Tigers remain in running to land Cespedes
Detroit signs power-hitting teenage prospect Valdez
DETROIT -- The Tigers remain in the running for Cuban outfielder Yoenis Cespedes, by all accounts. But while the negotiations between Cespedes and various teams goes on, Detroit made another international signing the club thinks can pay dividends.
While the Tigers usually reserve their bigger amateur signings for the traditional international signing period in midsummer, they pulled off a big signing last week from the Dominican Prospect League, an emerging winter event designed to showcase the Dominican Republic's teenage talent for Major League scouts. There, the Tigers watched and signed outfielder Ignacio Valdez, whom they see as a potential power-hitting prospect.
According to the Dominican Prospect League website, Valdez signed with Detroit for a $280,000 bonus. It's a significant investment for an organization that has traditionally spread out its international money over several small and mid-level signings, but has pursued and signed some bigger talent over the last couple of years.
It's also a statement about the level of talent the Tigers see in a 16-year-old who's already listed at 6-foot-3 and 185 pounds. David Rawnsley of perfectgame.org ranked Valdez as the ninth-best prospect in the league, but the top prospect who was eligible to sign this winter.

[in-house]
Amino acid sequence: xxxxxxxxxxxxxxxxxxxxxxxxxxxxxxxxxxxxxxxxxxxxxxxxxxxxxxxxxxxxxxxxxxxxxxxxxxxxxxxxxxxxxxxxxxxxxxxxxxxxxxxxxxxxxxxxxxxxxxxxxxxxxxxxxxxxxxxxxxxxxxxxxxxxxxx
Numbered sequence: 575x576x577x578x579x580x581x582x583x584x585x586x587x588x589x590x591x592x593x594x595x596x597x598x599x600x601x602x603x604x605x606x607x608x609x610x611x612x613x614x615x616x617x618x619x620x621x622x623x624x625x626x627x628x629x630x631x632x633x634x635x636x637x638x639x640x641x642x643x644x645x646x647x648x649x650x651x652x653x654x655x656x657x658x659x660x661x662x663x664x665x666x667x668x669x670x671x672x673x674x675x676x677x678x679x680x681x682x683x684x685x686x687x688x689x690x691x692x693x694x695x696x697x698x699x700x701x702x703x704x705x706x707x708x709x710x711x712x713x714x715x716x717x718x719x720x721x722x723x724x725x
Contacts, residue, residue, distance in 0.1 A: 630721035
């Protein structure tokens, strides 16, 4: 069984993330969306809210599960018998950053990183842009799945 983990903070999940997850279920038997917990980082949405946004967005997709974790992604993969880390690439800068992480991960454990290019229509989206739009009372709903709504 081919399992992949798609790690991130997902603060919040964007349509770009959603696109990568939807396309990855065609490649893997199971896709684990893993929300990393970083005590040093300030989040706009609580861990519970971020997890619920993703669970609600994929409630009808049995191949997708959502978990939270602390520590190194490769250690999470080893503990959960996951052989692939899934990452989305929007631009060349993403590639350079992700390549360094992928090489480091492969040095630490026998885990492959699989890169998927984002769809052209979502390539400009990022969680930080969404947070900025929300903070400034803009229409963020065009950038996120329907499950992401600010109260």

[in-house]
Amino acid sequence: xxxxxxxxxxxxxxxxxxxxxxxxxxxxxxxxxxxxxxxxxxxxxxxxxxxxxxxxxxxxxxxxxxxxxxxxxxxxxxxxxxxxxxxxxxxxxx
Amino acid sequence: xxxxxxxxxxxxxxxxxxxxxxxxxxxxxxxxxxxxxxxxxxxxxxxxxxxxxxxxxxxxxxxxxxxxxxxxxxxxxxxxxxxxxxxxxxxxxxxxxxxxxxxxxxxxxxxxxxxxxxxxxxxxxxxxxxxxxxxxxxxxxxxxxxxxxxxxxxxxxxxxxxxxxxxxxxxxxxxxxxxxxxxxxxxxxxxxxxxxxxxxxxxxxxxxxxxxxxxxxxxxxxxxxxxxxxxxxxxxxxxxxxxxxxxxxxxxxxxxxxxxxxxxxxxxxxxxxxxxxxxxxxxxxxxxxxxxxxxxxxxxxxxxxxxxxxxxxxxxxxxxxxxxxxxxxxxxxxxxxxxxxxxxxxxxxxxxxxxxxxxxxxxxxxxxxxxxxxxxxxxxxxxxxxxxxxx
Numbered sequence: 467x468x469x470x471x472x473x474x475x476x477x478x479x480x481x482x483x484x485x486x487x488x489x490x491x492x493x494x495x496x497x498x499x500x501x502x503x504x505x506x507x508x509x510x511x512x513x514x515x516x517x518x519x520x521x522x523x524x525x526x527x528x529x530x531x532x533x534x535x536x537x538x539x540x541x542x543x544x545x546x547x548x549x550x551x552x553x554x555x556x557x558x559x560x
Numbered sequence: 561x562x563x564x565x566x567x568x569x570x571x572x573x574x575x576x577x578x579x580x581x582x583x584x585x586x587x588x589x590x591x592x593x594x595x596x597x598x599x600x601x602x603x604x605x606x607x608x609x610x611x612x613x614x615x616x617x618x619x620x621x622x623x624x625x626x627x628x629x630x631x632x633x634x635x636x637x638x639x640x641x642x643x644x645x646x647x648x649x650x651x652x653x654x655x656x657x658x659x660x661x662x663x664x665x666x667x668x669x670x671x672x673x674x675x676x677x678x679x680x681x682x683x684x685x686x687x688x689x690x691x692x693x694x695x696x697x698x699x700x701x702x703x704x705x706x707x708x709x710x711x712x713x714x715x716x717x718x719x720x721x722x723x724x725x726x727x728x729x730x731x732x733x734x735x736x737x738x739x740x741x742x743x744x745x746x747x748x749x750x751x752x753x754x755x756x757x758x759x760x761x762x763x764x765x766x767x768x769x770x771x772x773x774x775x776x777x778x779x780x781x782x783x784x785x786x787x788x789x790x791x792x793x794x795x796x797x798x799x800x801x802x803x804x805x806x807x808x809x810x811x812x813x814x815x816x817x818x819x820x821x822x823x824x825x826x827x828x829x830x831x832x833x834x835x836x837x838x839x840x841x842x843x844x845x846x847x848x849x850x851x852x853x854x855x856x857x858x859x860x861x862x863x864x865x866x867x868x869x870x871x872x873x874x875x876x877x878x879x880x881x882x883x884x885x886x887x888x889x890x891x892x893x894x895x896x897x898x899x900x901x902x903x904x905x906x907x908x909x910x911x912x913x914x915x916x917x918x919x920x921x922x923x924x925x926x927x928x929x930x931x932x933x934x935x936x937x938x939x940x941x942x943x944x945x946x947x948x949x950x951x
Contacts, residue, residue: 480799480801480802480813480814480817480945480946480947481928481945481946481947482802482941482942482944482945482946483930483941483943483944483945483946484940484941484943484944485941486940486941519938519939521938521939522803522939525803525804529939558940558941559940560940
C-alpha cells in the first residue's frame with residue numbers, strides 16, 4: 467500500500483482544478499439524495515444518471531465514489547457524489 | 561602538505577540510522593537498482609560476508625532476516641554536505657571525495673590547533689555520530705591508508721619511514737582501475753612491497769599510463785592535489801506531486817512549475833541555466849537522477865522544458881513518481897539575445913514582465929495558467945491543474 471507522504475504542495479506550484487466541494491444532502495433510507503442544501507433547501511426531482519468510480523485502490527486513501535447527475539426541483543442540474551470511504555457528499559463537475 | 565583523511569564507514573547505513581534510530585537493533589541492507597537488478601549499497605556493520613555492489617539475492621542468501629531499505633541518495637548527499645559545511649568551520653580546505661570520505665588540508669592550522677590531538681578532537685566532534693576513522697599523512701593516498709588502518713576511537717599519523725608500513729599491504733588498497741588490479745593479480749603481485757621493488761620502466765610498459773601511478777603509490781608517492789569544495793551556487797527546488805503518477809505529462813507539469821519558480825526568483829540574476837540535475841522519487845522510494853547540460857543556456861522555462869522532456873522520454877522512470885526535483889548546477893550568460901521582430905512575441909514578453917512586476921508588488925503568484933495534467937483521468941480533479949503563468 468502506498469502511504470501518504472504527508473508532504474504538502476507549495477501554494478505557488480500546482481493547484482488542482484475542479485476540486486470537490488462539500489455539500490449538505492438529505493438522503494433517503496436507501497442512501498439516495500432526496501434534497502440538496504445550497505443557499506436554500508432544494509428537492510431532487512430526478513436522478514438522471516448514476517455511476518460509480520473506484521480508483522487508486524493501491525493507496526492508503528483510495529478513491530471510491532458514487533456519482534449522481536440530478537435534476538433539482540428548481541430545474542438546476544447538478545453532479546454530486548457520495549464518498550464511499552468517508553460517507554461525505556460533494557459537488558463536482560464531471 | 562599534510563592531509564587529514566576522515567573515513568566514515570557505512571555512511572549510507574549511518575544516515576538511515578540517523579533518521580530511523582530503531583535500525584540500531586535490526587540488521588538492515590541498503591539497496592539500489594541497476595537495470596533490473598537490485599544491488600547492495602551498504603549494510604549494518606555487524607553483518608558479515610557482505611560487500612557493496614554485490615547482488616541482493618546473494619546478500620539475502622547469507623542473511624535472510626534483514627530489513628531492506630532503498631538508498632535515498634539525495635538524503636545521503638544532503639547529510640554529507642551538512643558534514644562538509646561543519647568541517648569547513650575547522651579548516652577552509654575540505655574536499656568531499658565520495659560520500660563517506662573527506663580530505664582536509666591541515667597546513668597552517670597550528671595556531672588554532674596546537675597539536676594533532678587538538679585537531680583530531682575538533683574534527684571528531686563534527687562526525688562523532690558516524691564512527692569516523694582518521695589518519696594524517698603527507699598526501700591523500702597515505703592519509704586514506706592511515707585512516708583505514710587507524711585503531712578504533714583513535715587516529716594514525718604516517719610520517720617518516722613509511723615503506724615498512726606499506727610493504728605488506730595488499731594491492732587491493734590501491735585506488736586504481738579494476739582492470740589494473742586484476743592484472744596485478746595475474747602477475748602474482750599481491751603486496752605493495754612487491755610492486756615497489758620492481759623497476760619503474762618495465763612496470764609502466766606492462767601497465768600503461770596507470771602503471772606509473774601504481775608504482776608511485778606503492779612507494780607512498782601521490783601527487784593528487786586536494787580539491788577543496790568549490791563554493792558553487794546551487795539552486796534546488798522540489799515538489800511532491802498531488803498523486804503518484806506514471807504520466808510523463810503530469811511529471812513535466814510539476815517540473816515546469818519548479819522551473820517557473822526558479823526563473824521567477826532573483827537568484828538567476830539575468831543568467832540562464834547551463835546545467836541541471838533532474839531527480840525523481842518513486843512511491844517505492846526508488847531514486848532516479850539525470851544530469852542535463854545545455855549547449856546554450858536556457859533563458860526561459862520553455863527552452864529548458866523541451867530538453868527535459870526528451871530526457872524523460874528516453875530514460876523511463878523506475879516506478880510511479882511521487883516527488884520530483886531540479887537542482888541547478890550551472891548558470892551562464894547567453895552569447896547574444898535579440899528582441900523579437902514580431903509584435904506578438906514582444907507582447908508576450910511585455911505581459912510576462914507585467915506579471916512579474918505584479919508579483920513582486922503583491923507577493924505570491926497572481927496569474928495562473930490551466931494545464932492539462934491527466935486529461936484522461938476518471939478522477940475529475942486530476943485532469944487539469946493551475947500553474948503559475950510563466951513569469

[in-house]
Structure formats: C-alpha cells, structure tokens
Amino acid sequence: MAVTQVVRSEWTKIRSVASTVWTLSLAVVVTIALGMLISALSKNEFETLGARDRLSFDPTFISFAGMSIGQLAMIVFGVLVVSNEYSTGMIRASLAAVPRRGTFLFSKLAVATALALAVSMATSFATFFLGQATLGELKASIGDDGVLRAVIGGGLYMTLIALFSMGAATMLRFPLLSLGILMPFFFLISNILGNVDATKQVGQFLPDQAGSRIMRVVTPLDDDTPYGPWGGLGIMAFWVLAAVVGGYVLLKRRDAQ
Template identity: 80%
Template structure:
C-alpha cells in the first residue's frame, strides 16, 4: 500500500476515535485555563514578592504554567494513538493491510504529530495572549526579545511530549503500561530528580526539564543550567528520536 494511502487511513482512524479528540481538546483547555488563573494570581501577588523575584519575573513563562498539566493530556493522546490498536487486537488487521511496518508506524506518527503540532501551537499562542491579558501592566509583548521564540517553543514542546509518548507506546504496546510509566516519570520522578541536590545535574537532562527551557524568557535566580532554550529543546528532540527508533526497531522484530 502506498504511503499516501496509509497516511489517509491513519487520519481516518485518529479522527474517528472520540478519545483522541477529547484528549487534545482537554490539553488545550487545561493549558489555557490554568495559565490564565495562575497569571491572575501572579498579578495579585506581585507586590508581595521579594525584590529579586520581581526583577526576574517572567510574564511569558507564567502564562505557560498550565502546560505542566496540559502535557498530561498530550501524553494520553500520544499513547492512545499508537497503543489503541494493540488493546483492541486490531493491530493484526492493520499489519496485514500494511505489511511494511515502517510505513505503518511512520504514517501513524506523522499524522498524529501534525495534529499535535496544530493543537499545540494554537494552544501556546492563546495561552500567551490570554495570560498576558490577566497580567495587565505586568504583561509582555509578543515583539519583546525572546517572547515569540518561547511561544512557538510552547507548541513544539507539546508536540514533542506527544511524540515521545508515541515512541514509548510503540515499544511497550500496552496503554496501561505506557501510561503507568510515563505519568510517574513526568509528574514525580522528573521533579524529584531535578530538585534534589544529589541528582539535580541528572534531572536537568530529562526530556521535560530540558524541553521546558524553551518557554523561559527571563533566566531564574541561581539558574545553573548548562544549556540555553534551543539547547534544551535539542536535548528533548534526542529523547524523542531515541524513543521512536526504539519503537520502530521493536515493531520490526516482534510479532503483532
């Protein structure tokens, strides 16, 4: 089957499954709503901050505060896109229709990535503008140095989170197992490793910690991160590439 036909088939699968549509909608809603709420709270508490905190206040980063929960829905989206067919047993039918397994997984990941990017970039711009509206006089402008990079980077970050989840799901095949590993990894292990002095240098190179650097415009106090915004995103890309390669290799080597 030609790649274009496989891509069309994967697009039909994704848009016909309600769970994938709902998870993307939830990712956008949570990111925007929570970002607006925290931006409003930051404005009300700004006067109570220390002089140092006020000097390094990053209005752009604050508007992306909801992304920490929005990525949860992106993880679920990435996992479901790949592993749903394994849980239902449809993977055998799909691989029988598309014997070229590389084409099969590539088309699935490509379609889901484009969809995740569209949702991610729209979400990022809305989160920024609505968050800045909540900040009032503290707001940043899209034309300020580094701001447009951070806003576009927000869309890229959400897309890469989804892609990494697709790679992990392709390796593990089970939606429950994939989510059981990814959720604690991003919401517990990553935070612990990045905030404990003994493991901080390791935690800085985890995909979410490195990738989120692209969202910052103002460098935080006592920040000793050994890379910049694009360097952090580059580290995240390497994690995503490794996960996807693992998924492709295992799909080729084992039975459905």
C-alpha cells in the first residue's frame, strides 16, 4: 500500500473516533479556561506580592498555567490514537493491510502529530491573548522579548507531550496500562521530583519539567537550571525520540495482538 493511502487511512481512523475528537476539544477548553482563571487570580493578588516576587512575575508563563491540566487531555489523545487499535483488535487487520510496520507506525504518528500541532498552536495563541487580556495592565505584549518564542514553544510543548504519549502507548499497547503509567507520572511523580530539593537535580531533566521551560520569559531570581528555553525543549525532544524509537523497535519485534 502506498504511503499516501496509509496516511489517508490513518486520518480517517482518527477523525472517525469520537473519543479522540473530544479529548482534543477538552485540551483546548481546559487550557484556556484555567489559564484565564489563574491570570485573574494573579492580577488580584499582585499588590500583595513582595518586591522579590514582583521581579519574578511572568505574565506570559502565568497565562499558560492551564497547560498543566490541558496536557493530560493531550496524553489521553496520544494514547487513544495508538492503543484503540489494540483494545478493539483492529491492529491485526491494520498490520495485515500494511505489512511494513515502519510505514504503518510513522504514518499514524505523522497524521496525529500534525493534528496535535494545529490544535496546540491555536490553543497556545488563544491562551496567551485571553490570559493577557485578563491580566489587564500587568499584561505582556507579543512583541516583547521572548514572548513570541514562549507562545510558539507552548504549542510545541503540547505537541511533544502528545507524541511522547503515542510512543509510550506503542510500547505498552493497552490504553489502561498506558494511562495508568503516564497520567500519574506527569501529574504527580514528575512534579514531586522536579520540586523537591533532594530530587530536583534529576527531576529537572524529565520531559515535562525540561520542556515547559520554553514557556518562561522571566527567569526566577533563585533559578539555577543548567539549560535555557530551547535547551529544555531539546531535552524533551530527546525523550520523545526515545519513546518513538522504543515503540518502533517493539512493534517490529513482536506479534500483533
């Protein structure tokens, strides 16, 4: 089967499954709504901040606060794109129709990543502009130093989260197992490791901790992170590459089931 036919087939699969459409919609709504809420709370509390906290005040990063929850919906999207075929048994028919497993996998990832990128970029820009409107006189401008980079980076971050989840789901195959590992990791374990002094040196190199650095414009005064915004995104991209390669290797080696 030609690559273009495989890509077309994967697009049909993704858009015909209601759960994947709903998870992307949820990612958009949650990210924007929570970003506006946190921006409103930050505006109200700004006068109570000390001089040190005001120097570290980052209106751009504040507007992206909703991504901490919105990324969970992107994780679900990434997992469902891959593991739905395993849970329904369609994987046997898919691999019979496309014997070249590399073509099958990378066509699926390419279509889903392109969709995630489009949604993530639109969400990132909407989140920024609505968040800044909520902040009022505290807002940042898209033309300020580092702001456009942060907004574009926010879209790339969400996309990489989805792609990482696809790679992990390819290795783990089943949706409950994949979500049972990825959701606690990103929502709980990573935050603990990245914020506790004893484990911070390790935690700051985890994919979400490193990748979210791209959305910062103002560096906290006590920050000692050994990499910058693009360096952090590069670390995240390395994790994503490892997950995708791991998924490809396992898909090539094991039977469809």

Valdez was one of six players eligible to sign out of the Dominican Prospect League's All-Star Game, but the first to reach a deal. Brian Mejia of DPLbaseball.com compared Valdez's style to Vladimir Guerrero, a very aggressive hitter with power potential, speed and room to grow into his already big frame. The Tigers reportedly had been following him throughout the prospect league campaign.
Tigers vice president Al Avila, who's in the Dominican for the annual Caribbean Series, confirmed the signing in an e-mail to MLB.com.
"Valdez is a very good athlete that has big power," Avila said. He added that Valdez has "raw tools now that, if they develop, can be a real force."
Avila didn't offer specifics on the contract, but there's an advantage to a big-bonus signing now in the wake of the collective bargaining agreement MLB and the Players Association approved in the fall. With spending to be capped shortly on international free agents, deals like this could be tougher to fit in the coming years. That cap will become tied to teams' records in later years.
Similarly, the Tigers invested big money in a Dominican prospect seven months ago, when they signed third baseman Adelin Santa to a reported $750,000 bonus. A year earlier, they spent big on Venezuelan outfielder Danry Vasquez, who made his pro debut in the United States this past summer in the Gulf Coast League.
The Tigers should still be able to fit in some bigger signings such as those under the new CBA, though it could limit the number of free agents they can sign out of Latin America. One of the club's strengths in recent years, however, has been its efforts to scout areas in Venezuela and other Latin American countries for under-the-radar talent.
As for Cespedes, his pursuit doesn't fit under an international salary cap, either. The Tigers have been steadfastly limited in their comments about the five-tool talent, more established at age 26 through the Cuban professional leagues and international tournaments yet untested in the United States. Still, team president/general manager Dave Dombrowski told the Detroit News on Monday that "it's correct to say" they're not out of the running for him, even after investing big money on Prince Fielder.